The student news site of Los Altos High School in Los Altos, California

The Talon

The student news site of Los Altos High School in Los Altos, California

The Talon

The student news site of Los Altos High School in Los Altos, California

The Talon

Teachers Vote to Postpone Film Activity

The schoolwide showing and discussion of the Cultural Proficiency Team’s new diversity-related video, “From the Hills to the View,” has been postponed until next year. The film, originally scheduled to air today during a special third period, will instead be shown to senior English classes next week and to the rest of the school in November.

After numerous teachers who had seen the film voiced concerns about it and the accompanying activity, Principal Wynne Satterwhite decided to hold a vote at the staff meeting on Wednesday, April 29. Out of 88 staff members present, 51 voted to postpone the activity, 34 voted to show the film as scheduled, and 3 abstained.

“I have great concerns about being a facilitator in an activity like this because I feel like there’s a huge potential for damage if it’s not handled correctly,” math teacher Judy Strauss said. “I am not confident enough in myself, given the training that I have, to do this justice.”

Teachers and students who created the 35-minute film expressed disappointment about the activity’s postponement.

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“I really thought they would have our back to be able to show this film, because why would they want to block something that’s going to make a change?” film participant senior Tina Lopez said. “Why would they want to not give students the opportunity to see things from [another] student’s point of view?”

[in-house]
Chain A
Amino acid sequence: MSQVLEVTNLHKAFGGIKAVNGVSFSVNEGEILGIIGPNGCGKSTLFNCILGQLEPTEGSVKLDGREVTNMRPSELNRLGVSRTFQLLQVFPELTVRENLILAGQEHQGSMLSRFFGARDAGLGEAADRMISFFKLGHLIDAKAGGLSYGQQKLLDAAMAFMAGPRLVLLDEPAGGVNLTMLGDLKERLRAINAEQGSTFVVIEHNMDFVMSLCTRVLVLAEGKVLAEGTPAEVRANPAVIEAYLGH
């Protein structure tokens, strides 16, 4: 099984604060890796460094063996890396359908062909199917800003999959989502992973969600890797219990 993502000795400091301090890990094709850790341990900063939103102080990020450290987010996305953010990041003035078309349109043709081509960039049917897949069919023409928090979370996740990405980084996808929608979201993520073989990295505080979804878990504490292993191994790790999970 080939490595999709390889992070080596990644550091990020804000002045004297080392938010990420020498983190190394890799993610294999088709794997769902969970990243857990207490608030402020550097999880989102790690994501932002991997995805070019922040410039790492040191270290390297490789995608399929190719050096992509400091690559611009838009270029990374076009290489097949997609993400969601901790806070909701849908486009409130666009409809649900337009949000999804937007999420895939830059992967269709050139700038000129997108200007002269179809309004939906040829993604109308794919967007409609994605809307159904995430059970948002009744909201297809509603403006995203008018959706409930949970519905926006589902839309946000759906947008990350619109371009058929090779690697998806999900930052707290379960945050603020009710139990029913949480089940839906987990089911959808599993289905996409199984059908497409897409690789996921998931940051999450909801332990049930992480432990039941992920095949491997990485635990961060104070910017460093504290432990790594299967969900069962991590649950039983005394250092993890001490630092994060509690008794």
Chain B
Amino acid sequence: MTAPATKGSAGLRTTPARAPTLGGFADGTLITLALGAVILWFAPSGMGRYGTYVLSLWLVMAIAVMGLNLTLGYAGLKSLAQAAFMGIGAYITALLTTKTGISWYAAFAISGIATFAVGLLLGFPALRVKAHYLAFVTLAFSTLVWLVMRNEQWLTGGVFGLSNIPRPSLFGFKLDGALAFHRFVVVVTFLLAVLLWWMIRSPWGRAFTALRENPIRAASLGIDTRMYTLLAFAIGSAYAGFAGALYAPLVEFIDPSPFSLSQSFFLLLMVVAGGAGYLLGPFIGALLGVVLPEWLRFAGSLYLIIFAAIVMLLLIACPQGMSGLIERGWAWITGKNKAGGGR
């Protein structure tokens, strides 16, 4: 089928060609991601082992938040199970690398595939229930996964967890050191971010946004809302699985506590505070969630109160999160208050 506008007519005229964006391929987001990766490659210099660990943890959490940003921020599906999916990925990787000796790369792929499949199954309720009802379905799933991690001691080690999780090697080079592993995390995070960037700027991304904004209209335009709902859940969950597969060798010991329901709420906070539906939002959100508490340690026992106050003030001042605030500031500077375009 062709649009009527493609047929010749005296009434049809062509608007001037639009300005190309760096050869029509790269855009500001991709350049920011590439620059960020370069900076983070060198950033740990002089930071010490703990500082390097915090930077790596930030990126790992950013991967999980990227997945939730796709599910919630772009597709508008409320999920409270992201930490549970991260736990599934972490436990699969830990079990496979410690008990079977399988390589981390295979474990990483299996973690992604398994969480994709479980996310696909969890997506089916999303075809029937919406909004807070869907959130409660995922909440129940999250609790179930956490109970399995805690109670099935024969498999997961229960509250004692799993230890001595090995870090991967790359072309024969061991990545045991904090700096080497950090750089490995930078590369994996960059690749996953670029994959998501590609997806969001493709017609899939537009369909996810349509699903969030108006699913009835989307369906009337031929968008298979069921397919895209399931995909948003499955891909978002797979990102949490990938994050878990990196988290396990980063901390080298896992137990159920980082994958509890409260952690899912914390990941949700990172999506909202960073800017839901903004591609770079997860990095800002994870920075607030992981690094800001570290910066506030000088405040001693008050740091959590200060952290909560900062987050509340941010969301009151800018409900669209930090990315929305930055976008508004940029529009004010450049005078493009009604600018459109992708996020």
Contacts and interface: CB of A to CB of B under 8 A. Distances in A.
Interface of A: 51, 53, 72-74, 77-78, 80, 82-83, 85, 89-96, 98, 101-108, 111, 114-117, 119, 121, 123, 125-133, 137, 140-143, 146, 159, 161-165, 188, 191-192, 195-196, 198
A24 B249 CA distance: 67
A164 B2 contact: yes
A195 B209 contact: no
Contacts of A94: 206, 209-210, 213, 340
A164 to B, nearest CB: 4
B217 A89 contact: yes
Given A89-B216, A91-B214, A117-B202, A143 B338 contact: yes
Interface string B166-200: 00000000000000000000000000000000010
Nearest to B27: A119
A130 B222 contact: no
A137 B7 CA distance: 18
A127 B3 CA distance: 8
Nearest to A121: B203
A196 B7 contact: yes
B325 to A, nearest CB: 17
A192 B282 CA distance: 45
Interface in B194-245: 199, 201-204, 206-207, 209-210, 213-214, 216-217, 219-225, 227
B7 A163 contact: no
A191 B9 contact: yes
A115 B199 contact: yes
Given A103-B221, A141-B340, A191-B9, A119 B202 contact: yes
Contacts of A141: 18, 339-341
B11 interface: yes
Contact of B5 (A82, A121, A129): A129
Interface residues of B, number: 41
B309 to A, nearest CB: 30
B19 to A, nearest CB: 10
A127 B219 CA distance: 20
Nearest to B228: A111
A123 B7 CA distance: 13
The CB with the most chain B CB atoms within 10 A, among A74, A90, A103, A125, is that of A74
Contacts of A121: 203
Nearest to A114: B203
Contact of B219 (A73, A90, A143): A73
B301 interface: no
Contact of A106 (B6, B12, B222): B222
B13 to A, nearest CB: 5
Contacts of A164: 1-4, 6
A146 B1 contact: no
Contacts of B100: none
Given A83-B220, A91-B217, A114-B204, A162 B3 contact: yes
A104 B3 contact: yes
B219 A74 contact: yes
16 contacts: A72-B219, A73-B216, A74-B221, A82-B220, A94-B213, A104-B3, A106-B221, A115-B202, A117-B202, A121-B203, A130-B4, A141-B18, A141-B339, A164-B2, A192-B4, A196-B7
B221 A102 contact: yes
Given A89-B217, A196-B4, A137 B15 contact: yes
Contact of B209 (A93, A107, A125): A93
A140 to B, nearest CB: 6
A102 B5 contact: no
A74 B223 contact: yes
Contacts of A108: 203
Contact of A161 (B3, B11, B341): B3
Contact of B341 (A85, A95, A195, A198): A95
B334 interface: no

Students who appeared in the film were notified about its rescheduling at brunch on Thursday, April 30. Satterwhite then announced the news by loudspeaker after third period.

“For something that was going to be this good for everyone in the school and knowing that they just want to shut us down, it gets me very, very angry,” film participant sophomore Angelica Cristancho said. “I feel hurt too because they don’t want to hear the minority’s voice.”

In addition to Strauss’ concern that teachers were not adequately trained to facilitate the activity, some teachers felt they had little opportunity to discuss the video and share feedback. Another concern was that the film exposed problems in the community without providing answers.

“Doing it right means not identifying the issue and walking away,” science teacher Adam Randall said. “[It means] identifying the issue and offering solution sets.”

The film’s producers, however, viewed the film’s purpose differently.

“The film is not supposed to stand on its own,” Cultural Proficiency Team member and English teacher Susana Herrera said. “We’re not here to solve the problem, we’re here to pose questions.”

Seniors, who are scheduled to view the film in English classes next week, will have a chance to provide feedback about the film and suggest modifications before the schoolwide showing in late November. Satterwhite hopes to work with faculty to help teachers who feel uncomfortable become “confident and empowered” in the coming months. However, teachers who feel ready may choose to show the film in their classes in the next few weeks.

“The fact that it’s not being shown re-enforces that it needs to be here,” Cultural Proficiency Team member and English teacher Ryan Ikeda said. “Silence is not the answer. Delay is not the answer.”

As originally scheduled, free hot dog lunches and a radio DJ will be in the quad during lunch today.

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